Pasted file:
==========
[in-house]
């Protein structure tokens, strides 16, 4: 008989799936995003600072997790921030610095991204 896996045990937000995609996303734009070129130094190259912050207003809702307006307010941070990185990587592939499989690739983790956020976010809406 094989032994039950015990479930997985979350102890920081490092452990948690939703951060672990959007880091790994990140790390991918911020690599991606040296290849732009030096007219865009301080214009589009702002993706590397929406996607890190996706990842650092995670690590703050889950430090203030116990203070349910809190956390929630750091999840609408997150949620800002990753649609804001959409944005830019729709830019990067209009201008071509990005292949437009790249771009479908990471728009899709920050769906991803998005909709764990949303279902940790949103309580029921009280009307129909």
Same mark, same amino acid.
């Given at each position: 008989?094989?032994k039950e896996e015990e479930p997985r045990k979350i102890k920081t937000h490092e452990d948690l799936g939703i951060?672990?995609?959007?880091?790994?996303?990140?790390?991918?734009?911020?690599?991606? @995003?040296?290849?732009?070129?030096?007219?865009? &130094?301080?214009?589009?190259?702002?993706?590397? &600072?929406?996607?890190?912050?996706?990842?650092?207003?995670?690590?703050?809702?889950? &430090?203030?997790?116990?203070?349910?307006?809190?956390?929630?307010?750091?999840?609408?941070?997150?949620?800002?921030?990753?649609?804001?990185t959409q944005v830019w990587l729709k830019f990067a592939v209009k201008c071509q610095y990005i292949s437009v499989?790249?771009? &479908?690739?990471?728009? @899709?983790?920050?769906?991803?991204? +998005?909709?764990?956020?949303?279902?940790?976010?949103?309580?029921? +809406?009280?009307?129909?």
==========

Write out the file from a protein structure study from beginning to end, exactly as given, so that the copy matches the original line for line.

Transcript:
[in-house]
């Protein structure tokens, strides 16, 4: 008989799936995003600072997790921030610095991204 896996045990937000995609996303734009070129130094190259912050207003809702307006307010941070990185990587592939499989690739983790956020976010809406 094989032994039950015990479930997985979350102890920081490092452990948690939703951060672990959007880091790994990140790390991918911020690599991606040296290849732009030096007219865009301080214009589009702002993706590397929406996607890190996706990842650092995670690590703050889950430090203030116990203070349910809190956390929630750091999840609408997150949620800002990753649609804001959409944005830019729709830019990067209009201008071509990005292949437009790249771009479908990471728009899709920050769906991803998005909709764990949303279902940790949103309580029921009280009307129909």
Same mark, same amino acid.
């Given at each position: 008989?094989?032994k039950e896996e015990e479930p997985r045990k979350i102890k920081t937000h490092e452990d948690l799936g939703i951060?672990?995609?959007?880091?790994?996303?990140?790390?991918?734009?911020?690599?991606? @995003?040296?290849?732009?070129?030096?007219?865009? &130094?301080?214009?589009?190259?702002?993706?590397? &600072?929406?996607?890190?912050?996706?990842?650092?207003?995670?690590?703050?809702?889950? &430090?203030?997790?116990?203070?349910?307006?809190?956390?929630?307010?750091?999840?609408?941070?997150?949620?800002?921030?990753?649609?804001?990185t959409q944005v830019w990587l729709k830019f990067a592939v209009k201008c071509q610095y990005i292949s437009v499989?790249?771009? &479908?690739?990471?728009? @899709?983790?920050?769906?991803?991204? +998005?909709?764990?956020?949303?279902?940790?976010?949103?309580?029921? +809406?009280?009307?129909?």